Some of the electric utilities that have activities planned for National Electricity Month include:
• AltaLink
• BC Hydro and Power Authority
• Capital Power Corporation
• ENMAX Corporation
• FortisAlberta Inc.
• Manitoba Hydro
• Nalcor Energy
• New Brunswick Power Holding Company
• Newfoundland and Labrador Hydro
• Horizon Utilities Corporation
• Hydro Ottawa Holding Inc.
• Saint John Energy
• SaskPower
• Yukon Energy Corporation

June is National Electricity Month

For more on National Electricity month and a quick video visit this link: http://powerforthefuture.ca/national-electricity-month/

By allowing consumers to see how the system works first-hand, CEA hopes to foster a national conversation on the value of electricity, stimulating and informing the discussion about the choices that need to be made today if Canada is to maintain a reliable, affordable, and sustainable electricity grid.


 

Want to learn more about participating utilities?

http://powerforthefuture.ca/participating-utilities/


 

 

Looking to discover more about electricity across Canada? Utilize the information from Power For the Future and their “Virtual Open House” Feature page:

http://powerforthefuture.ca/virtual-open-house/


 

 

Tomorrow’s economy will be built on a solid foundation of clean, sustainable growth. Growth that will drive new technologies; increase productivity; and create jobs for Canadians. Growth that will be powered by safe, reliable, sustainable Canadian Electricity.

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A New Electricity Vision for Canada

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The Canadian Electrical Association has introduced “Vision 2050: The Future of Canada’s Electricity System” … a framework more making decisions about electricity, including the electricity system’s unique and important features, the likeliest future scenario and variables that may impact on it, as well as the important drivers of change and decisions that Canadians will need to make in the next five to 10 years. You could call it a New Electricity Vision for Canada.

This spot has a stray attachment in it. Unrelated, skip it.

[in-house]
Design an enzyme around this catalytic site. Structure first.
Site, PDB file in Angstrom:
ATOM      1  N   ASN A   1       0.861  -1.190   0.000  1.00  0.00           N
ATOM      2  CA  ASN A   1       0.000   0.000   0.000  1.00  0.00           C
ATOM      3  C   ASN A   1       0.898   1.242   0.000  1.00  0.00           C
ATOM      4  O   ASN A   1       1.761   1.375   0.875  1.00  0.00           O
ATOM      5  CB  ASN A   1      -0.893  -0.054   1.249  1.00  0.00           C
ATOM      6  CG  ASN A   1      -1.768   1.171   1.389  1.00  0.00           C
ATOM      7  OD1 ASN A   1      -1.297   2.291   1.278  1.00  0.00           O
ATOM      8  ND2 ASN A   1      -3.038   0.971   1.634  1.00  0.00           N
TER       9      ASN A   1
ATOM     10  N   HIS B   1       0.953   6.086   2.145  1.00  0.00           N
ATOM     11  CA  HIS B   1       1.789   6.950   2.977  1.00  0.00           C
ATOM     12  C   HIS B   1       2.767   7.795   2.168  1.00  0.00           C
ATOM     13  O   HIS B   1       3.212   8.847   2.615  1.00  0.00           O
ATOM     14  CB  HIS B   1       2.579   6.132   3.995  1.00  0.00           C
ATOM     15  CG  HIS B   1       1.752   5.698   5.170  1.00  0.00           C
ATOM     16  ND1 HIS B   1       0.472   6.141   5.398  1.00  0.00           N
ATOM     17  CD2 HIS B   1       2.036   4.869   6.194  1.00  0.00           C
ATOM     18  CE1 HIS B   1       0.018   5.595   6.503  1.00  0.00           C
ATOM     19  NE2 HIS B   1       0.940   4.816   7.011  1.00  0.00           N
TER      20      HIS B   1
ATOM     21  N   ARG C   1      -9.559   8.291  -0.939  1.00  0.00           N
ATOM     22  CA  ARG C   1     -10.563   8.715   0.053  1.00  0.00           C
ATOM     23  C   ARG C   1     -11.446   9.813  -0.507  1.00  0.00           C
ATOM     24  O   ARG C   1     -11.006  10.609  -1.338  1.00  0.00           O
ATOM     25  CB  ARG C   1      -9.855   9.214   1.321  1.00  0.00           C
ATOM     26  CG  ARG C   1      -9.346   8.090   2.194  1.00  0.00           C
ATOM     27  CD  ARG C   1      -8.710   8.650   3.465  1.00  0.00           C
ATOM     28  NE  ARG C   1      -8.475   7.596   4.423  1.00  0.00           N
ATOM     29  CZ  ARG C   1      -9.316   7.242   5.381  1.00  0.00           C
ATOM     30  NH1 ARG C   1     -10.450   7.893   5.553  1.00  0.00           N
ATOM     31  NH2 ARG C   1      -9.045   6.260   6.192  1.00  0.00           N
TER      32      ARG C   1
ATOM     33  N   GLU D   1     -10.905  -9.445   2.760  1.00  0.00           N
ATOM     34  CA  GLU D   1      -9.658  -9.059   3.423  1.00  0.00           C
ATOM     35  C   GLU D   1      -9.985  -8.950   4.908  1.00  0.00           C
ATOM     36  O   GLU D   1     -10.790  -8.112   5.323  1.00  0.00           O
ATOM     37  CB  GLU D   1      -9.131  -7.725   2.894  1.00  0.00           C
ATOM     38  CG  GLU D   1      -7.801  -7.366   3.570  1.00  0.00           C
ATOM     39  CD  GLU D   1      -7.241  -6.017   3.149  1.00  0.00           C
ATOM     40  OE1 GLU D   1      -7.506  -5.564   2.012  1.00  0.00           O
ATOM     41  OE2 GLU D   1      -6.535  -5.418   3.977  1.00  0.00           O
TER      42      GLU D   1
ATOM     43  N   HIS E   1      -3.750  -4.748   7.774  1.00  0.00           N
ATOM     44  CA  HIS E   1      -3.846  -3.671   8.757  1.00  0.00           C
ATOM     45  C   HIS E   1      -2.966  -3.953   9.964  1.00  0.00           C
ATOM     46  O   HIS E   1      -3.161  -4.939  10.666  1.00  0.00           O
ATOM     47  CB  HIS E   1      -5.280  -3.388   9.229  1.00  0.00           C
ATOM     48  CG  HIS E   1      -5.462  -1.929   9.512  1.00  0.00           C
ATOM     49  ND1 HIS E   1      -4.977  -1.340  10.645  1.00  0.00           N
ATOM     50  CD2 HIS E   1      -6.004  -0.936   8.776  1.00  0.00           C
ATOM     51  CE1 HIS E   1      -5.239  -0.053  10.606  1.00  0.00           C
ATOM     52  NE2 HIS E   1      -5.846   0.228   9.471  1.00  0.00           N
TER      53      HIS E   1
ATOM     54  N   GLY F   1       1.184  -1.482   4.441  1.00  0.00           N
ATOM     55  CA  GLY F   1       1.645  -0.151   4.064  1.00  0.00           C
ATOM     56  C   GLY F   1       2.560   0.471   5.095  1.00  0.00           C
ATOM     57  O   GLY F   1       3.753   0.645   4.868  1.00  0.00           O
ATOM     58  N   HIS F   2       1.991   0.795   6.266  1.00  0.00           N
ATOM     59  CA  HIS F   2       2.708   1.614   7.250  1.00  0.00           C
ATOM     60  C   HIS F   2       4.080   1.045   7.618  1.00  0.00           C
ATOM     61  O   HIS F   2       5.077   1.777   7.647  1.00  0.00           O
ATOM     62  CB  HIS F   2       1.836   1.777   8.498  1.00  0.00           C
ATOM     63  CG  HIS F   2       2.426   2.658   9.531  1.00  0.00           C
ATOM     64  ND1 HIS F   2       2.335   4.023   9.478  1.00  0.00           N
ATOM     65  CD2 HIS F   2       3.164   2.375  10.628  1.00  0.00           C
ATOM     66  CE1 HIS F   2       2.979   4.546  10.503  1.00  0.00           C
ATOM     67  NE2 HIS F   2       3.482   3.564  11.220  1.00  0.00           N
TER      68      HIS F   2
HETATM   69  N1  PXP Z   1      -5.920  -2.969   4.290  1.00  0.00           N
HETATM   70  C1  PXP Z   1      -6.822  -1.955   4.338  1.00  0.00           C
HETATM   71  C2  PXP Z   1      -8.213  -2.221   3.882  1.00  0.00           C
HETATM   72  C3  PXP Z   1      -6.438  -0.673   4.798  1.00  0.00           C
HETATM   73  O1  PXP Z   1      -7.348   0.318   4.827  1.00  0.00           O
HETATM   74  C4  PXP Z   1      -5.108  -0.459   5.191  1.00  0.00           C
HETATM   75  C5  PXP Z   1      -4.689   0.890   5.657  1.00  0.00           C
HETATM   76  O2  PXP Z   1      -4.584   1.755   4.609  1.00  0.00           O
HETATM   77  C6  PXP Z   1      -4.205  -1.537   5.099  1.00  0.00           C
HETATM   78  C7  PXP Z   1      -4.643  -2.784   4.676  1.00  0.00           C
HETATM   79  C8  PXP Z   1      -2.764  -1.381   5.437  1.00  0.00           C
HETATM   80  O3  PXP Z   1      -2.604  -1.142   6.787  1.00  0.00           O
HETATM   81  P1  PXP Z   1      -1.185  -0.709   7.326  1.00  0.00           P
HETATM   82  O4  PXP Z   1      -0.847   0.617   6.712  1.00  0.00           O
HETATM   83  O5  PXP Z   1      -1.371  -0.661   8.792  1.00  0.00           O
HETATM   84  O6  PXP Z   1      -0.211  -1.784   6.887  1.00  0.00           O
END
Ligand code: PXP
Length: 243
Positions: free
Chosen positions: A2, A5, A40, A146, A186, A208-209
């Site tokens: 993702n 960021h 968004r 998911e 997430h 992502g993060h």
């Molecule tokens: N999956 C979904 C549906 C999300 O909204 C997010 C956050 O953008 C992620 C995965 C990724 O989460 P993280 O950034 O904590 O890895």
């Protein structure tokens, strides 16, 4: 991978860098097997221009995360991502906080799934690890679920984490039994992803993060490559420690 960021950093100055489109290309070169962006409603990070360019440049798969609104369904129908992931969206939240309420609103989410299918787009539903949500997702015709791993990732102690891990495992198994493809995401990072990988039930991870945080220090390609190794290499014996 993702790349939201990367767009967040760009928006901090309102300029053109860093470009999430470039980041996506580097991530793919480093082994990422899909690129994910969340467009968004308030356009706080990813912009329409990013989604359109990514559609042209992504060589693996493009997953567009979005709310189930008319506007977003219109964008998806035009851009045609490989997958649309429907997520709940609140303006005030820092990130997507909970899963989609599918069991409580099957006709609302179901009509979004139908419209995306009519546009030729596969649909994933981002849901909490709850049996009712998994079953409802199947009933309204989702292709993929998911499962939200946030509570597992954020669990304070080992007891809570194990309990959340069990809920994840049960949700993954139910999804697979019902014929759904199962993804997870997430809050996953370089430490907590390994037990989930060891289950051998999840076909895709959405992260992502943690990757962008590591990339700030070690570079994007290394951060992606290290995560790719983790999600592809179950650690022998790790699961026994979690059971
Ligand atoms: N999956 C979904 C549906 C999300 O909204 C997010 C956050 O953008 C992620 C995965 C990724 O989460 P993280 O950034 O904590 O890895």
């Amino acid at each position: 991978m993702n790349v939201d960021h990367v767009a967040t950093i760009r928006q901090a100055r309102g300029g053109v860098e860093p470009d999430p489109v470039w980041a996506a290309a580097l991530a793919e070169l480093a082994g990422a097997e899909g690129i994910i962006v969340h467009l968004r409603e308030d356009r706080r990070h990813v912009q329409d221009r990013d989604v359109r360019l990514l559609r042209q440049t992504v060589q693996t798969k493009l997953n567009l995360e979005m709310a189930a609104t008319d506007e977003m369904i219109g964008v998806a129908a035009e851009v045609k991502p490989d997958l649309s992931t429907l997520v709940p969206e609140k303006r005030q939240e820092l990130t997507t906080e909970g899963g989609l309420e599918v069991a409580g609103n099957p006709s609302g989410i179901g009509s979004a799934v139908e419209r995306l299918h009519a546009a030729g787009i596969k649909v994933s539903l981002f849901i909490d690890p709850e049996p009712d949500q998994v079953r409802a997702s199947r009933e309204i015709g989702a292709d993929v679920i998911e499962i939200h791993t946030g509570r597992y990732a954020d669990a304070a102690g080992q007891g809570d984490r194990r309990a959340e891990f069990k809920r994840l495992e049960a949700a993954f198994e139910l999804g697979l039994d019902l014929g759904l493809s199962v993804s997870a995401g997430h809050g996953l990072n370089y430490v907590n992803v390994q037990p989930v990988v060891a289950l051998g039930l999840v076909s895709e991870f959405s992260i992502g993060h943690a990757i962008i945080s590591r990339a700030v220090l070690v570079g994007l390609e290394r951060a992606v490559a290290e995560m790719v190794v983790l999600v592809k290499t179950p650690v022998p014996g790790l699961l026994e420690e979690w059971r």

This is important as Jim Burpee mentions in this video from the Trottier Institute for Sustainability in Engineering and Design, discussing Vision 2050:

Our electricity infrastructure is replaced only very slowly—the life of a nuclear plant is 40 to 60 years, a coal plant operates for 50 or more years, and there are hydroelectric plants more than 100 years old operating today. With such a slow pace of turnover, it is easy to see how a decision made today will have an impact for decades.

Full information about Vision 2050 can be found here: www.powerforthefuture.ca/vision-2050/

Introducing Vision 2050: The Future of Canada’s Electricity System.

Vision 2050 centers on a commitment to renew Canada’s electricity system through the optimal evolution of electricity supply and demand, so as to deliver maximum value to customers and citizens, and contribute to a lower carbon economy.

Vision 2050 comes in 6 parts:

  1. Part 1 discusses the fundamental characteristics of the electricity system that ought to be taken into account in any strategic planning or visioning exercise.
  2. Part 2 discusses the most likely scenario for the mix of power generation and includes data for future energy supply and demand scenarios.
  3. Part 3 identifies the key variables that will impact the future of the system including the size, composition, management and economic variables that highlight the important choices that must be made over the next decade in Canada.
  4. Part 4 makes the case for the urgency of action.
  5. Part5 Taking into account these earlier discussions, Part 5 offers a vision for Canada’s electricity future, its objectives and proposed recommendations.
  6. Part6 Vision 2050 creates an opportunity to continue delivering the three pillars of a strong electricity system – reliability, affordability and sustainability.

New Electricity Vision

Thanks for reading our post about the New Electricity Vision in Canada. Hope you have a great day!